Stephen Abrams

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For the Kansas State Senator, see Steve Abrams.

Stephen Irwin Abrams (15 July 1938, Chicago, Illinois[1] – 21 November 2012)[2] was an American scholar of parapsychology and a drug policy activist who was a long-standing resident of the United Kingdom. He is best known for sponsoring and authoring the full page advertisement petitioning for cannabis law reform which appeared in The Times on 24 July 1967.

Background[edit]

Abrams was born and raised in Chicago, and began his undergraduate studies at Shimer College, where he enrolled in 1954.[3] Then as now, Shimer offered an early entrance program for gifted students wishing to leave high school early.[4] Abrams subsequently transferred to the University of Chicago, where he served as head of the Parapsychology Department from 1957 to 1960.[1] He also became a "charter associate" of the Parapsychological Association.[1]

Oxford and the founding of SOMA[edit]

Abrams was an Advanced Student at St. Catherine's College of Oxford University from 1960 to 1967. He headed a parapsychological laboratory in the University's Department of Biometry, investigating extrasensory perception.[5]

In January 1967, the content of an article by Abrams "The Oxford Scene and the Law", intended as a contributiion to a forthcoming book The Book of Grass was republished, without his permission, in the The People Sunday newspaper.[6] The article was a balanced reasoning on the social and personal effects of cannabis use and its repression.[7][8] The article observed that under current laws cannabis users were punished more severely than heroin users. Cannabis smoking was regarded as a crime but heroin addiction was treated as an illness. Doctors had the right to prescribe heroin. The Court might send a cannabis smoker to prison and send a heroin user to a doctor. Presented in the sensationalist manner for which the paper was known, the story emphasized Abrams claim that 500 of Oxford's student body were cannabis users.[9] The story spread. Headlines like "Smoke more pot. It's safer than beer",[10][11] appeared in the popular press. On 1 February, the same day as long clarifying letter from him was printed in The Daily Telegraph,[12] Abrams announced, via the pages of student newspaper Cherwell, the formation of SOMA, an acronym for the Society of Mental Awareness, as a drug research project. Two weeks later, on 15 February 1967, Abrams gave evidence before the University Committee on Student Health, which agreed to pursue his suggestion that the Home Secretary be prevailed upon to institute an inquiry. After the committee's published report received national press coverage, on 7 April 1967 home secretary Roy Jenkins appointed a "sub-committee on hallucinogens" to be chaired by Baroness Wootton to report to the Advisory Council on Drug Dependence, itself appointed four months earlier in December 1966.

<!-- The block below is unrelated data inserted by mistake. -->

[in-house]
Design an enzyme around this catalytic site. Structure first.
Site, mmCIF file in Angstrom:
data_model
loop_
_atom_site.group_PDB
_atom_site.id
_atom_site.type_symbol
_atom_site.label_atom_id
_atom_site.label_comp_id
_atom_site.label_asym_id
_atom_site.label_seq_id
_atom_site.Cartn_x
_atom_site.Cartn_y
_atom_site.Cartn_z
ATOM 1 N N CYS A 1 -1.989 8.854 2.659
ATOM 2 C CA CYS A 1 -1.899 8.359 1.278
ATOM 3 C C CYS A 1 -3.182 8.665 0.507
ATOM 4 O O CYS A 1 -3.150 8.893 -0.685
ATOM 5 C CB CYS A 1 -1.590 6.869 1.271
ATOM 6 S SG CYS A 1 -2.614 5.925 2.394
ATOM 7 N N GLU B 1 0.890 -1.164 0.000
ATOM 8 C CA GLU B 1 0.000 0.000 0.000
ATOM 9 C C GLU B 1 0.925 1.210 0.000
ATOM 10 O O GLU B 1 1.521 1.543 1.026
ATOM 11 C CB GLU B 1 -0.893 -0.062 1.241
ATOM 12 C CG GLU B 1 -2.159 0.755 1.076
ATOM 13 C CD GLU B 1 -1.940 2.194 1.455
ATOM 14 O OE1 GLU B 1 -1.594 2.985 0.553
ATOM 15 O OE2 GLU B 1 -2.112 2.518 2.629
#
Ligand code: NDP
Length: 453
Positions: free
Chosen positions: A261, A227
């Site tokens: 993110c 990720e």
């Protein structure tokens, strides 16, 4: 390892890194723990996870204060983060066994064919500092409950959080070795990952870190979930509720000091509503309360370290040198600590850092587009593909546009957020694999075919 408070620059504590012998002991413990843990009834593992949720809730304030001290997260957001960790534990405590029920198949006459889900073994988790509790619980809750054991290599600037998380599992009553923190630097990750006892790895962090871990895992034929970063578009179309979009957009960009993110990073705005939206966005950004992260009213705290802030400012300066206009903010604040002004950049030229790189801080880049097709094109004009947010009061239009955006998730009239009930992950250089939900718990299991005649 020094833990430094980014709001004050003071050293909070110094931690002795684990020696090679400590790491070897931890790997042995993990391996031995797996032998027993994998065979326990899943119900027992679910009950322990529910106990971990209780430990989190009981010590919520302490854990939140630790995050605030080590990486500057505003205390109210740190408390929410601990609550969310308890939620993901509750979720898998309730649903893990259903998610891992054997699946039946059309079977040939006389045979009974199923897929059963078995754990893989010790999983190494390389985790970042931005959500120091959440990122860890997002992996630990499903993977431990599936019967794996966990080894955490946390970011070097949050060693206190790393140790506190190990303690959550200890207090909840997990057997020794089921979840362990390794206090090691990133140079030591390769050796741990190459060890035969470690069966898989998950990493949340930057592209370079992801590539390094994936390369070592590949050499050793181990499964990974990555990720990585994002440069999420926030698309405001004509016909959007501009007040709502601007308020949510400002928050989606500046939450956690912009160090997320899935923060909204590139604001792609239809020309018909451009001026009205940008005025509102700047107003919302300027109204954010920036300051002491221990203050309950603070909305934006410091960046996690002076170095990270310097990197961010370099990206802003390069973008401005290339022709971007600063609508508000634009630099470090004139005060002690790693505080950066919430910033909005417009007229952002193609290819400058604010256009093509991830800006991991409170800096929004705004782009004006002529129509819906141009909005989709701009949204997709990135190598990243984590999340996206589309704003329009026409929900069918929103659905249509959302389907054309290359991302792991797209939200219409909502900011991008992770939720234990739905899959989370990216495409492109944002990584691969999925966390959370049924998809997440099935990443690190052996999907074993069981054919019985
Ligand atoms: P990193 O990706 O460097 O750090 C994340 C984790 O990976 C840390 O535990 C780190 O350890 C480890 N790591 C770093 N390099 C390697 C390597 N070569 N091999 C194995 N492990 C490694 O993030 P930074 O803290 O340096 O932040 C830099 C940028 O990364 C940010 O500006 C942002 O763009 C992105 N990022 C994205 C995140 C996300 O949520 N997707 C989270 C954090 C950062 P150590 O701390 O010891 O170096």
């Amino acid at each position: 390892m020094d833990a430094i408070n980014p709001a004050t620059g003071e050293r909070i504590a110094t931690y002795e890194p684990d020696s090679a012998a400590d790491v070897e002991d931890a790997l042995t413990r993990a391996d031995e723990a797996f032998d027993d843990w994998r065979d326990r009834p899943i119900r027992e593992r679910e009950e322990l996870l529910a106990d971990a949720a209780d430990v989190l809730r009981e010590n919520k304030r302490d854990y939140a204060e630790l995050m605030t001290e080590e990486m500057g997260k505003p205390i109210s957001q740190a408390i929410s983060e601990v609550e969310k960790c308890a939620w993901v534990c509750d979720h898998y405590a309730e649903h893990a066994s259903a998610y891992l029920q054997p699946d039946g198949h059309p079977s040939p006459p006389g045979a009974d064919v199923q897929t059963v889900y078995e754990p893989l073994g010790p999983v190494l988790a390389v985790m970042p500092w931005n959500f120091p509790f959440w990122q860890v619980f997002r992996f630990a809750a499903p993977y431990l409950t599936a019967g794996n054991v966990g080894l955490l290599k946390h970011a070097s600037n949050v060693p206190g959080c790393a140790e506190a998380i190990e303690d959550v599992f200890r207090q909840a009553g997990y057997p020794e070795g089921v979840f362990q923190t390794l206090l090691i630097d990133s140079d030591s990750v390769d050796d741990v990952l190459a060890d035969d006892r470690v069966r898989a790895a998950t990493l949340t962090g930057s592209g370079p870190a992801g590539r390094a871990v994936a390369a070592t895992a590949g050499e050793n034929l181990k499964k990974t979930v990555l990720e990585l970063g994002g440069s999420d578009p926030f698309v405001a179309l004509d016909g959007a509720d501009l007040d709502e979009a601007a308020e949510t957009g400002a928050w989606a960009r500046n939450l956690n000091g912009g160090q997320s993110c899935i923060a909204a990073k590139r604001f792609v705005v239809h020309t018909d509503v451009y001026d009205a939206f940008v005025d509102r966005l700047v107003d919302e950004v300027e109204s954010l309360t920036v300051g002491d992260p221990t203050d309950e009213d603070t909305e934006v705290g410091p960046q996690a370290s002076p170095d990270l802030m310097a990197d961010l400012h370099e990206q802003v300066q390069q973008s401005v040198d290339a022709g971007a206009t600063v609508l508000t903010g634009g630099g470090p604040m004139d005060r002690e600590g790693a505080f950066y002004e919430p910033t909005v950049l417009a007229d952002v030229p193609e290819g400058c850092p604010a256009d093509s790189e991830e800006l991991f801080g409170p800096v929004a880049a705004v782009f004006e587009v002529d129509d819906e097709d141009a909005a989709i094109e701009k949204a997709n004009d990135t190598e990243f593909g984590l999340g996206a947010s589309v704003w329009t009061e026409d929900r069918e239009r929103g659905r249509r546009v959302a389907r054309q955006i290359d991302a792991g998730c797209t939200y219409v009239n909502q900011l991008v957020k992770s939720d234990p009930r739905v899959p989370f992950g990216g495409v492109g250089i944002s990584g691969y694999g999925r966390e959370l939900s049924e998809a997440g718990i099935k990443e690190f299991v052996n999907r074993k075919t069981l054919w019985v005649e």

Protests and organizing The Times advertisement[edit]

Public awareness had been increased by the February arrests of Keith Richards and Mick Jagger on drug charges. In the midst of Abrams campaign in Oxford, on March 1, 1967 activist Hoppy had organized a happening in Oxford that had turned into an impromptu "pot protest". Swelled by rowdy participants from Oxford Polytechnic's rag week, the event gained national coverage. Hoppy himself, a member of the editorial board of the underground newspaper International Times, had been arrested for cannabis possession the previous December, after police raided his London flat. Although the amount was small, he had a previous conviction, so this was a serious matter. Out on bail, Hoppy went on to organize the massive 14 Hour Technicolor Dream multimedia event at Alexandra Palace on April 29. In his drug case - despite having no defense - he insisted on pleading 'Not Guilty', elected for trial by jury, and lectured the court on the iniquity of the law. Needless to say he was found guilty. On June 1, 1967 he was sentenced to 9 months in prison by a judge who called him a "pest to society". He rapidly became a cause célèbre and a 'Free Hoppy' movement was born.